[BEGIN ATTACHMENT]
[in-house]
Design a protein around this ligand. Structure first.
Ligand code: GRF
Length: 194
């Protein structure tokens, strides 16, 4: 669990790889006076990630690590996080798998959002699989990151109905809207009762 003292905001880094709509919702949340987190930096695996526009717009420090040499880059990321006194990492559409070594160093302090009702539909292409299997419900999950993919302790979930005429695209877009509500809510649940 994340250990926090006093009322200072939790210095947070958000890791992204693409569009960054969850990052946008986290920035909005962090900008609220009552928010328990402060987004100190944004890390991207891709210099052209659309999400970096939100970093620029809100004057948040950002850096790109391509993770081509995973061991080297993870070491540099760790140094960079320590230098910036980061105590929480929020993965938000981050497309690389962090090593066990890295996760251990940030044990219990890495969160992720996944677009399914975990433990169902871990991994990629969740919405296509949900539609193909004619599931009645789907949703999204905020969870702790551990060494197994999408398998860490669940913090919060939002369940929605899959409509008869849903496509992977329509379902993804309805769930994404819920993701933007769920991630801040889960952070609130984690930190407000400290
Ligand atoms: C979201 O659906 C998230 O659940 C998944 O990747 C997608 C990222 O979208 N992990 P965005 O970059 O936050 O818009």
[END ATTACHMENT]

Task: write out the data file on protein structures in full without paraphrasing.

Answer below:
[in-house]
Design a protein around this ligand. Structure first.
Ligand code: GRF
Length: 194
């Protein structure tokens, strides 16, 4: 669990790889006076990630690590996080798998959002699989990151109905809207009762 003292905001880094709509919702949340987190930096695996526009717009420090040499880059990321006194990492559409070594160093302090009702539909292409299997419900999950993919302790979930005429695209877009509500809510649940 994340250990926090006093009322200072939790210095947070958000890791992204693409569009960054969850990052946008986290920035909005962090900008609220009552928010328990402060987004100190944004890390991207891709210099052209659309999400970096939100970093620029809100004057948040950002850096790109391509993770081509995973061991080297993870070491540099760790140094960079320590230098910036980061105590929480929020993965938000981050497309690389962090090593066990890295996760251990940030044990219990890495969160992720996944677009399914975990433990169902871990991994990629969740919405296509949900539609193909004619599931009645789907949703999204905020969870702790551990060494197994999408398998860490669940913090919060939002369940929605899959409509008869849903496509992977329509379902993804309805769930994404819920993701933007769920991630801040889960952070609130984690930190407000400290
Ligand atoms: C979201 O659906 C998230 O659940 C998944 O990747 C997608 C990222 O979208 N992990 P965005 O970059 O936050 O818009």